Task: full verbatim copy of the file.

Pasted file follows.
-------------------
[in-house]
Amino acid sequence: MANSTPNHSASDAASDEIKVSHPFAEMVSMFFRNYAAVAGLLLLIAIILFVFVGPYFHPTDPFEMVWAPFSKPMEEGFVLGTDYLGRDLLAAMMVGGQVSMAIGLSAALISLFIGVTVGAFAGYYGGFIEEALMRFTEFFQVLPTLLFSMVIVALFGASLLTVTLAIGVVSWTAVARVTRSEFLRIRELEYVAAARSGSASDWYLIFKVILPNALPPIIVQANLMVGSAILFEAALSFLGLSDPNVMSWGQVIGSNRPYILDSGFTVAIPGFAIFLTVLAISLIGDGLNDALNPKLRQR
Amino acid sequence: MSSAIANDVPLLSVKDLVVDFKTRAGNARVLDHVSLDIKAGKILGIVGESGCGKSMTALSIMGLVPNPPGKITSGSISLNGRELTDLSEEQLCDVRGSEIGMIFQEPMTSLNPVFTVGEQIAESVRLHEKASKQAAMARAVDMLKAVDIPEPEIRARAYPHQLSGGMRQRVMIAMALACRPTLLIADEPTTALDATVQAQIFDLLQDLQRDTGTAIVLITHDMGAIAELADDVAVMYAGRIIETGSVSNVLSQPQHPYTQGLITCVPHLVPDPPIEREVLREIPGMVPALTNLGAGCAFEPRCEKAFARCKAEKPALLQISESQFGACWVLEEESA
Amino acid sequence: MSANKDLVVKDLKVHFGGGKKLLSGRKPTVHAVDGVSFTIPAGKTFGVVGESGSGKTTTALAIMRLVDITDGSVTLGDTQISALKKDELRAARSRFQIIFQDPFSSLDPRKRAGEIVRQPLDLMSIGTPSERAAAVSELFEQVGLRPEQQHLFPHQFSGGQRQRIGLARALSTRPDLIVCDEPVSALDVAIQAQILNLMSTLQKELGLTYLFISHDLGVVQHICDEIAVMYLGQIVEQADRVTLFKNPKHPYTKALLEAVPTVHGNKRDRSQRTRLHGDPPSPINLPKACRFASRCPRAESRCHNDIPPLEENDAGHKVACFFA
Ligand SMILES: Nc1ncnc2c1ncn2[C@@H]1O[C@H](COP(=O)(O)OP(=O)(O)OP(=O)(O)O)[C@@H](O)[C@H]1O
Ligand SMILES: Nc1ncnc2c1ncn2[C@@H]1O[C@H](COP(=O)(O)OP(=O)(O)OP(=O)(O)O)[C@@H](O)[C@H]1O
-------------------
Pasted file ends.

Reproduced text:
[in-house]
Amino acid sequence: MANSTPNHSASDAASDEIKVSHPFAEMVSMFFRNYAAVAGLLLLIAIILFVFVGPYFHPTDPFEMVWAPFSKPMEEGFVLGTDYLGRDLLAAMMVGGQVSMAIGLSAALISLFIGVTVGAFAGYYGGFIEEALMRFTEFFQVLPTLLFSMVIVALFGASLLTVTLAIGVVSWTAVARVTRSEFLRIRELEYVAAARSGSASDWYLIFKVILPNALPPIIVQANLMVGSAILFEAALSFLGLSDPNVMSWGQVIGSNRPYILDSGFTVAIPGFAIFLTVLAISLIGDGLNDALNPKLRQR
Amino acid sequence: MSSAIANDVPLLSVKDLVVDFKTRAGNARVLDHVSLDIKAGKILGIVGESGCGKSMTALSIMGLVPNPPGKITSGSISLNGRELTDLSEEQLCDVRGSEIGMIFQEPMTSLNPVFTVGEQIAESVRLHEKASKQAAMARAVDMLKAVDIPEPEIRARAYPHQLSGGMRQRVMIAMALACRPTLLIADEPTTALDATVQAQIFDLLQDLQRDTGTAIVLITHDMGAIAELADDVAVMYAGRIIETGSVSNVLSQPQHPYTQGLITCVPHLVPDPPIEREVLREIPGMVPALTNLGAGCAFEPRCEKAFARCKAEKPALLQISESQFGACWVLEEESA
Amino acid sequence: MSANKDLVVKDLKVHFGGGKKLLSGRKPTVHAVDGVSFTIPAGKTFGVVGESGSGKTTTALAIMRLVDITDGSVTLGDTQISALKKDELRAARSRFQIIFQDPFSSLDPRKRAGEIVRQPLDLMSIGTPSERAAAVSELFEQVGLRPEQQHLFPHQFSGGQRQRIGLARALSTRPDLIVCDEPVSALDVAIQAQILNLMSTLQKELGLTYLFISHDLGVVQHICDEIAVMYLGQIVEQADRVTLFKNPKHPYTKALLEAVPTVHGNKRDRSQRTRLHGDPPSPINLPKACRFASRCPRAESRCHNDIPPLEENDAGHKVACFFA
Ligand SMILES: Nc1ncnc2c1ncn2[C@@H]1O[C@H](COP(=O)(O)OP(=O)(O)OP(=O)(O)O)[C@@H](O)[C@H]1O
Ligand SMILES: Nc1ncnc2c1ncn2[C@@H]1O[C@H](COP(=O)(O)OP(=O)(O)OP(=O)(O)O)[C@@H](O)[C@H]1O